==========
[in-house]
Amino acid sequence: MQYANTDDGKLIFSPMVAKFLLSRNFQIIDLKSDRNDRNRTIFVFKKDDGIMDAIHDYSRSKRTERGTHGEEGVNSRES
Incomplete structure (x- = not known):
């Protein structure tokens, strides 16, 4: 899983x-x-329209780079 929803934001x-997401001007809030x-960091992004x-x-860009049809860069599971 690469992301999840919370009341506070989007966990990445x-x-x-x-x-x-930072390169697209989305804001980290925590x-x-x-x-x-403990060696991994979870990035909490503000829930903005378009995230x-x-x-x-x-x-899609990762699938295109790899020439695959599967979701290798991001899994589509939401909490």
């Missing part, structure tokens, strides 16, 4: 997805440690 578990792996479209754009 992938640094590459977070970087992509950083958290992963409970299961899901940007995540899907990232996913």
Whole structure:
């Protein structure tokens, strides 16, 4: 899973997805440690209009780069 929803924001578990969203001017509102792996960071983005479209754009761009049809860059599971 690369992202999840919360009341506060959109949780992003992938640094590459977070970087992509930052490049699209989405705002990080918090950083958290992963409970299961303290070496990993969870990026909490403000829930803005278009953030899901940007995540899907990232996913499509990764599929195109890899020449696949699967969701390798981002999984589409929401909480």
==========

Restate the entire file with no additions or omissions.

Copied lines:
[in-house]
Amino acid sequence: MQYANTDDGKLIFSPMVAKFLLSRNFQIIDLKSDRNDRNRTIFVFKKDDGIMDAIHDYSRSKRTERGTHGEEGVNSRES
Incomplete structure (x- = not known):
């Protein structure tokens, strides 16, 4: 899983x-x-329209780079 929803934001x-997401001007809030x-960091992004x-x-860009049809860069599971 690469992301999840919370009341506070989007966990990445x-x-x-x-x-x-930072390169697209989305804001980290925590x-x-x-x-x-403990060696991994979870990035909490503000829930903005378009995230x-x-x-x-x-x-899609990762699938295109790899020439695959599967979701290798991001899994589509939401909490």
């Missing part, structure tokens, strides 16, 4: 997805440690 578990792996479209754009 992938640094590459977070970087992509950083958290992963409970299961899901940007995540899907990232996913």
Whole structure:
């Protein structure tokens, strides 16, 4: 899973997805440690209009780069 929803924001578990969203001017509102792996960071983005479209754009761009049809860059599971 690369992202999840919360009341506060959109949780992003992938640094590459977070970087992509930052490049699209989405705002990080918090950083958290992963409970299961303290070496990993969870990026909490403000829930803005278009953030899901940007995540899907990232996913499509990764599929195109890899020449696949699967969701390798981002999984589409929401909480």